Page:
Medscape: How well do you believe findings with the simulator will correlate with findings in clinical practice or research?

Dr. Gurewitsch: Although we do not make clinical recommendations based on a laboratory model, we highlight in the discussion section of our article that manipulation of fetal position after delivery of the head had been indeed practiced routinely at all deliveries in the 1950s and 1960s, when dystocia injury rates were at an all-time low. Based on this and now our results, we believe there is justification for reincorporating this practice even at regular deliveries. This should decrease the force applied at any delivery and, more importantly, will increase clinicians' familiarity with fetal manipulation so that they can be more adept and comfortable with its execution before it is truly needed in a shoulder dystocia emergency.

Medscape: Are additional studies planned?

Dr. Gurewitsch: Yes. This is only the first of several studies supported by a grant from the Centers for Disease Control and Prevention, National Center for Injury Prevention and Control's Program of Traumatic Injury Biomechanics Research. We intend to specifically evaluate the simulator for its utility and efficacy in resident training. We also plan other studies to objectively evaluate other shoulder dystocia maneuvers, such as Wood's screw and delivery of the posterior arm.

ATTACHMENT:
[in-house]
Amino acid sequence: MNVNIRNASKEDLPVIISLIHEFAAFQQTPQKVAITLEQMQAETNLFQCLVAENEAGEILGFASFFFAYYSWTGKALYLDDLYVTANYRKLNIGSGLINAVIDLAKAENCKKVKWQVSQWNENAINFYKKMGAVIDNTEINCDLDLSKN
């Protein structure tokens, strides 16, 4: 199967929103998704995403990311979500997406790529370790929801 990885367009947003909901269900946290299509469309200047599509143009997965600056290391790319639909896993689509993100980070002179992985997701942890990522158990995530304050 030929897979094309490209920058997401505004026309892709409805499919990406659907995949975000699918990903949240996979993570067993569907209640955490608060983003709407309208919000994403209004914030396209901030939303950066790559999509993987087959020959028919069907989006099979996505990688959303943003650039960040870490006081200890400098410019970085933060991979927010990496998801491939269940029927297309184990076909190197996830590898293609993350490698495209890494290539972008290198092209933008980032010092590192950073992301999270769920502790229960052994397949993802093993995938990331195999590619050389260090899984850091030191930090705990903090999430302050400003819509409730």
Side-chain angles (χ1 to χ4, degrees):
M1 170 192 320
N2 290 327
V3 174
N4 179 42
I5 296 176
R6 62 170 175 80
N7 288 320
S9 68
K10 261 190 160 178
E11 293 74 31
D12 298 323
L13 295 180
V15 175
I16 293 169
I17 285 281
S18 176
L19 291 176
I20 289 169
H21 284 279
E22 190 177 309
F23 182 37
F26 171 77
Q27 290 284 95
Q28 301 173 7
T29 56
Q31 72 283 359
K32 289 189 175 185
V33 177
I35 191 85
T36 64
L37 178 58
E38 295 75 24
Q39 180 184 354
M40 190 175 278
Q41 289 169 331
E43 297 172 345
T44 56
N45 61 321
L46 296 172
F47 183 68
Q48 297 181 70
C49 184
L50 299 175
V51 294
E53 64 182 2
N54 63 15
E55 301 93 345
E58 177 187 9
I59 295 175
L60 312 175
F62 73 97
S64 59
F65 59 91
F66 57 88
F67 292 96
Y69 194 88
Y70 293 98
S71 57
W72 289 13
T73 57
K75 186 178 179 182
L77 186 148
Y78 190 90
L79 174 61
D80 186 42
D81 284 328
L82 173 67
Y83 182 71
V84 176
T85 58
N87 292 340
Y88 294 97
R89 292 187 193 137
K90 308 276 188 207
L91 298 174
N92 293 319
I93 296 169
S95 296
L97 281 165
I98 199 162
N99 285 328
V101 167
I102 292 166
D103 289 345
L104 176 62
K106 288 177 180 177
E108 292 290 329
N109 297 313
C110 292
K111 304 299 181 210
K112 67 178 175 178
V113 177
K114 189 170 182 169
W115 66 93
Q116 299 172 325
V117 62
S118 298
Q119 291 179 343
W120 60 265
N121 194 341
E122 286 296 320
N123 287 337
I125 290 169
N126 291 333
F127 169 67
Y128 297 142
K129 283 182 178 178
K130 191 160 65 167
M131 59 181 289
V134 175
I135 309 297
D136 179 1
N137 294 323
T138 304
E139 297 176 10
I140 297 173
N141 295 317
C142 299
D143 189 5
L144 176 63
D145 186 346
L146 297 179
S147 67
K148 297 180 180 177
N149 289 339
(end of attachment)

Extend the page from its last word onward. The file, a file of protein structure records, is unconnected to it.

Medscape: What are other potential uses for the birth simulator, and what modifications would be needed to test the simulator in other types of problem deliveries?

Dr. Gurewitsch: Although initially designed to model the shoulder dystocia phenomenon specifically, in fact, our simulator should be modifiable to model other problem deliveries such as vaginal breech extraction. The maternal component is quite biofidelic already; the fetal model would require additional modifications to more accurately represent the regions of the hips and lower extremities. Since this was already constructed for the maternal model, adaptation to neonatal dimensions should be achievable.

Medscape: What are the hardware and training costs involved in using the simulator, and how widespread do you believe it will become as a research and training tool?

Dr. Gurewitsch: We continue to improve our invention, and one of our goals is to create a robust model that is affordable and can withstand multiple uses. We are also committed to making it "user-friendly" so that clinicians can use it to teach themselves and each other without need for mastery of difficult programming skills or interpretation of data.

Disclosures: The National Center for Injury Prevention and Control, a branch of the federal Centers for Disease Control and Prevention, funded this study. The inventors, including Drs.Gurewitsch and Allen and Paul Gilka, manager of the laboratory that housed the work, have filed a provisional patent on the simulator.

Am J Obstet Gynecol. 2005;192:000-000

Reviewed by Gary D. Vogin, MD


Comments on Medscape are moderated and should be professional in tone and on topic. You must declare any conflicts of interest related to your comments and responses. Please see our Commenting Guide for further information. We reserve the right to remove posts at our sole discretion.